“...we now have evidence that aesthetically pleasing objects enable you to work better...products and systems that make you feel good are easier to deal with and produce more harmonious results. When you wash and polish your car, doesn't it drive better? When you bathe and dress up in clean, fancy clothes, don't you feel better? And when you use a wonderful, well-balanced, aesthetically pleasing garden or woodworking tool, tennis racket or pair of skis, don't you perform better?”
Emotional responses are the product of two major information-processing systems, which are the affective and cognitive systems. Sensory information from our environment, which includes sound, feel, and visual information, must be parsed by the brain into a single or set of representations that enable us to interact with our surroundings in the most personally beneficial way. For example, when you enter a website with a number of link choices in the navigation menu, you must process the visual information (text or images) to help you decide which links may lead to the pages that contain the information you need. This is an example of cognitive processing, where we analyze the available sensory information, as a means of making sense of the world and making appropriate choices according to our situation. In contrast, the affective system operates consciously and subconsciously. The affective system is often referred to as the judgmental system, as information is processed to help us discern between useful and useless things, good from bad, fun from boring, dangerous from non-threatening, and all other value judgements.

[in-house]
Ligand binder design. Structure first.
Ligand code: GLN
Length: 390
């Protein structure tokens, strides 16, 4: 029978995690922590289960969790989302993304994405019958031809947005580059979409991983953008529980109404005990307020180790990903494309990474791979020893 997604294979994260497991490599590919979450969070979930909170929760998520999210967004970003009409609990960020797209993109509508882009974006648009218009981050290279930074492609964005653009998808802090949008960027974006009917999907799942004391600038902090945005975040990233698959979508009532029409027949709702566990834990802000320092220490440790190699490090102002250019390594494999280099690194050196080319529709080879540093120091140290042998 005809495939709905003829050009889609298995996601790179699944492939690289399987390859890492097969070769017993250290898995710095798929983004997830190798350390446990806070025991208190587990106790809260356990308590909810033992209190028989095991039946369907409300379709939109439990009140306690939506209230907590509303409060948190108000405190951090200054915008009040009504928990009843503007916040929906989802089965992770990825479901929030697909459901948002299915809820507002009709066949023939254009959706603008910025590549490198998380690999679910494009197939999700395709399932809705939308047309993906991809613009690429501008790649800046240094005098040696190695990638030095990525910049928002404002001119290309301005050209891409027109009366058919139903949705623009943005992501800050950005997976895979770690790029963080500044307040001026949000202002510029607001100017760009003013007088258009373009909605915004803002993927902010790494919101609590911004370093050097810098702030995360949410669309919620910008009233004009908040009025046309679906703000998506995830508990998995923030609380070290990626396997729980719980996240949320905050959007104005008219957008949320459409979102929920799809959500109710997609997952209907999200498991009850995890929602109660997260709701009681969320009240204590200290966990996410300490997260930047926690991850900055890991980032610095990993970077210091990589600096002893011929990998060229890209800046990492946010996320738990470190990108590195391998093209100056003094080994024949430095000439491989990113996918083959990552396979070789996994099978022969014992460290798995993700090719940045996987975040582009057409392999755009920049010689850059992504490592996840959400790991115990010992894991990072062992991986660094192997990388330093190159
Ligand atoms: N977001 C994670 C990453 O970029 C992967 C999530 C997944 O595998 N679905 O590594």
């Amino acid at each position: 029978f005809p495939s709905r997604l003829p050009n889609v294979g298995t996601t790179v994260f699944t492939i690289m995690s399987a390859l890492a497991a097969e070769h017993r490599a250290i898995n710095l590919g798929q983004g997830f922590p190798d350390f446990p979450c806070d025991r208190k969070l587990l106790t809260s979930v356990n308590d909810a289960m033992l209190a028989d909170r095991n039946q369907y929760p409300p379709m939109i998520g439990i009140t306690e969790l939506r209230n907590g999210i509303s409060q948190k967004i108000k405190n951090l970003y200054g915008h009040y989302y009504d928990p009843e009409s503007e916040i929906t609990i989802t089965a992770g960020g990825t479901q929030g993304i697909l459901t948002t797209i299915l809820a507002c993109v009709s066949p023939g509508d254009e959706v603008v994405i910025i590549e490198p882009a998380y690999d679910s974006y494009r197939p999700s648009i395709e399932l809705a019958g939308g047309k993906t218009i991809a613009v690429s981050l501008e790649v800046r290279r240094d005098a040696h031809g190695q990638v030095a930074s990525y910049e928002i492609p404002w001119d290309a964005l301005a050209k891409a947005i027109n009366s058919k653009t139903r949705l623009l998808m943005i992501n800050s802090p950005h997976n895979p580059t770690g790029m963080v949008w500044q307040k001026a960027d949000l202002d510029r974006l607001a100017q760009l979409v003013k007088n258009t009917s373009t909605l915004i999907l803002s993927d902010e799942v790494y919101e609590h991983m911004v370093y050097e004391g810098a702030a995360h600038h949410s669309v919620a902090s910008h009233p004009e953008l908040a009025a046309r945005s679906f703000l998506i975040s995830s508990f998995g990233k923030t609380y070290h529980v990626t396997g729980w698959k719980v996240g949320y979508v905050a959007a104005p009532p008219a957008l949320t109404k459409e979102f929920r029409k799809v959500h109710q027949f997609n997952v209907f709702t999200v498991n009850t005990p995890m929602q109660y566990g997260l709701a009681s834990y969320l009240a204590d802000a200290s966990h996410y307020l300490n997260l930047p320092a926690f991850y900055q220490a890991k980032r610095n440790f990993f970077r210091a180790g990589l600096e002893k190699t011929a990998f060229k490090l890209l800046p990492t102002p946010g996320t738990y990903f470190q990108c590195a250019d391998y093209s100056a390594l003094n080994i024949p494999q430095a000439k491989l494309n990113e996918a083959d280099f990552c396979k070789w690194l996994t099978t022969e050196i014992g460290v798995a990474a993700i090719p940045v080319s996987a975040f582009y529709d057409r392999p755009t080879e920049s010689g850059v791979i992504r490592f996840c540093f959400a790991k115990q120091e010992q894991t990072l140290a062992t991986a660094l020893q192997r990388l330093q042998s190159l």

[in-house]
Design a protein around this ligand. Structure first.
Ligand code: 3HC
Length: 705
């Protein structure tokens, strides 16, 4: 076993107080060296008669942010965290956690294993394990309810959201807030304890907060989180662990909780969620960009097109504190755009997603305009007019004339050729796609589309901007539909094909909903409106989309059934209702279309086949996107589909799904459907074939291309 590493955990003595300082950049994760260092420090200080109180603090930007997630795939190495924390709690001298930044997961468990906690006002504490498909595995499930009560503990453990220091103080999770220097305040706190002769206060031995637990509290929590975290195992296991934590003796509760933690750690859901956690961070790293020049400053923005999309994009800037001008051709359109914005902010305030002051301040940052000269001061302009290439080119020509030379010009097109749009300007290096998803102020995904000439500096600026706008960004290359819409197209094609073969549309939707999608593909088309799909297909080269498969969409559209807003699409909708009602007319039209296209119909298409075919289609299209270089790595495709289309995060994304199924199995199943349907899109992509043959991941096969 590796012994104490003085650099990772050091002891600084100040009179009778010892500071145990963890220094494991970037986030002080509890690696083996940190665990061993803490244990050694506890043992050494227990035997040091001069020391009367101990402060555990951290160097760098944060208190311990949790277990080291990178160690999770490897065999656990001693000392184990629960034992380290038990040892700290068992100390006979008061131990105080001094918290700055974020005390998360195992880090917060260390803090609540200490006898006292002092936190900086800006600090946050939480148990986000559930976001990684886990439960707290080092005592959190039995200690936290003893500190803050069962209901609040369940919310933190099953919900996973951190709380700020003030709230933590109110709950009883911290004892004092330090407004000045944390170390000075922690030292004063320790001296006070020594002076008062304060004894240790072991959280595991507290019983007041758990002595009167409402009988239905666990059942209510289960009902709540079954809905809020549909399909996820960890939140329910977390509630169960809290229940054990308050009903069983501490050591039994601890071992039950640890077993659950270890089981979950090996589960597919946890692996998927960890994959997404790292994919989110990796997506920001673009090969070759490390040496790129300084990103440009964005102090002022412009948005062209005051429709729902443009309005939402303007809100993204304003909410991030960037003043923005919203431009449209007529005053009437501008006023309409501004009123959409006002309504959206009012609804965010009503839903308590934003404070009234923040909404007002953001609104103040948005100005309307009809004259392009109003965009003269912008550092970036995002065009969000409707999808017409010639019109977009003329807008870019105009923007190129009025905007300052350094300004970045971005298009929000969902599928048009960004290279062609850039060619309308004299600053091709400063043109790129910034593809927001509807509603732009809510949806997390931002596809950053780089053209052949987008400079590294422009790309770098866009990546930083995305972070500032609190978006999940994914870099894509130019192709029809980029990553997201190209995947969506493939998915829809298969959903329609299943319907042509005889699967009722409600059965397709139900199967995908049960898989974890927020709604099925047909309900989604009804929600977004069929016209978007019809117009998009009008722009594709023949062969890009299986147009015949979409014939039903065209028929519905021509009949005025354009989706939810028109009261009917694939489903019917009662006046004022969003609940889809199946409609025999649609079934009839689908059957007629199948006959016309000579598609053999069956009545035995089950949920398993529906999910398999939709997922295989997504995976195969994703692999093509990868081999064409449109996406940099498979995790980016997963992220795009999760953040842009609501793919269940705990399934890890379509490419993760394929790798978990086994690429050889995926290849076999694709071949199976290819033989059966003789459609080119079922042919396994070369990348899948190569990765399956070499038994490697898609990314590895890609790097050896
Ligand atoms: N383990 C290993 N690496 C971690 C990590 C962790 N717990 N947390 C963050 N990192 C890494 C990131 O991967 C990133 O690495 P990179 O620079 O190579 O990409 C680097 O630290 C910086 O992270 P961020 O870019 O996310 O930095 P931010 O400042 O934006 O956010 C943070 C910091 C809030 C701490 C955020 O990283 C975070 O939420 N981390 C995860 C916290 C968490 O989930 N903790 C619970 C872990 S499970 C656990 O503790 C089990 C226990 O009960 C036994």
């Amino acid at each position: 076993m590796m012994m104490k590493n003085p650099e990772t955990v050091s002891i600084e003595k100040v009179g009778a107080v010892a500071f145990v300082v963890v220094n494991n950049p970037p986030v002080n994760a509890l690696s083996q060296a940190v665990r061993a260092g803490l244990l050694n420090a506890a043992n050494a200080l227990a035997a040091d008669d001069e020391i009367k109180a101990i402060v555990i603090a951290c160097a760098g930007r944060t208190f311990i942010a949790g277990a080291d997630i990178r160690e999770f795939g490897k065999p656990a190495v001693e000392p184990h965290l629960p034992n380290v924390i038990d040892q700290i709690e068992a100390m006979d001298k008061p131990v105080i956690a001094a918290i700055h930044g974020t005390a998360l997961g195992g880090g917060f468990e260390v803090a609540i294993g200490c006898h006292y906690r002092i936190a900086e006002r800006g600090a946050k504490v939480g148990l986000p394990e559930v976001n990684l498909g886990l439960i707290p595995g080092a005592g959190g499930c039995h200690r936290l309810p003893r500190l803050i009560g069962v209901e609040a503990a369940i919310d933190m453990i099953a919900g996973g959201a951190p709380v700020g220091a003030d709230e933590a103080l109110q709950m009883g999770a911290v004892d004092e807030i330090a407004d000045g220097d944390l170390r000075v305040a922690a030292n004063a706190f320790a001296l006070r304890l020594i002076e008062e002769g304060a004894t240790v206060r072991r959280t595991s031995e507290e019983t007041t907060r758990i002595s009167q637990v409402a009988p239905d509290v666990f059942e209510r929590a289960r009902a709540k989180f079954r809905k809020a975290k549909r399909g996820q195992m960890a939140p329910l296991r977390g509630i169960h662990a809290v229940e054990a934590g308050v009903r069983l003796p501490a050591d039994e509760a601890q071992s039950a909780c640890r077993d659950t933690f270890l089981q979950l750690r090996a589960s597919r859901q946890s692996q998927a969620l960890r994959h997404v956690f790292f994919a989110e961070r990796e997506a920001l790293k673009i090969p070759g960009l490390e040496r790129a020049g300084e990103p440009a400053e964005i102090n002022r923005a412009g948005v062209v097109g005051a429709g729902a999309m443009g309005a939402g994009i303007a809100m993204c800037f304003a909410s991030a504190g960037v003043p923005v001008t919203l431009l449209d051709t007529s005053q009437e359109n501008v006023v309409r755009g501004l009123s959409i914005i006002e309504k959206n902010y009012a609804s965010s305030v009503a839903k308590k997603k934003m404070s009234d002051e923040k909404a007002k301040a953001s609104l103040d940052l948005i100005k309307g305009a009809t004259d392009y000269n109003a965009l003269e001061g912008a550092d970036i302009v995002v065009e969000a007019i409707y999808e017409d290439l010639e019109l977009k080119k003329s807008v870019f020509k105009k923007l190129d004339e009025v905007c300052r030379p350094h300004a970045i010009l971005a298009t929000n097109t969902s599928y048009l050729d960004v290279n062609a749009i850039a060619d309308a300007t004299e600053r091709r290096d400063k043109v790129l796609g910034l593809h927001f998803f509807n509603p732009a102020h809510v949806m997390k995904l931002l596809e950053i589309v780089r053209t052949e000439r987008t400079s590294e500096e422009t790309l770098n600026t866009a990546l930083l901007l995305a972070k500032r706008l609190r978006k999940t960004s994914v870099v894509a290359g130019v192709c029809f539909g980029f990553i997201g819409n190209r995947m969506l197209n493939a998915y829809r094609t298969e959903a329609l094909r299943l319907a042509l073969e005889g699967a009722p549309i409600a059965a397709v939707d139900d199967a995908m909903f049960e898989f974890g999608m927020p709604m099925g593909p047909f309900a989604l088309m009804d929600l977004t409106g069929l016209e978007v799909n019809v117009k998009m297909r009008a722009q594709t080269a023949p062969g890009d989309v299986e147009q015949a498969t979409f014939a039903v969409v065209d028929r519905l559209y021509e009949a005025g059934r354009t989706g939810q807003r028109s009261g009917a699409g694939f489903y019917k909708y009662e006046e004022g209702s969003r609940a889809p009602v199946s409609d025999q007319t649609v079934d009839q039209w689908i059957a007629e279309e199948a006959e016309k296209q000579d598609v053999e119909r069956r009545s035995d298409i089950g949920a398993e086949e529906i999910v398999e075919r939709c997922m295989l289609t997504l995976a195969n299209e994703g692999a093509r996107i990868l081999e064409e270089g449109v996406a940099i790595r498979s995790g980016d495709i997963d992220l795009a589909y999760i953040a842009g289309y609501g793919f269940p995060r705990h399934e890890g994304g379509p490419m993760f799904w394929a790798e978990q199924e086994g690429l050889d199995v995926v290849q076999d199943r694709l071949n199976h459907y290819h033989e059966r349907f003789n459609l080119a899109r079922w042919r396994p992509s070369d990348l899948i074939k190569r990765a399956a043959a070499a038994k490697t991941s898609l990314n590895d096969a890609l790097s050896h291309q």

The influence of the affective and cognitive systems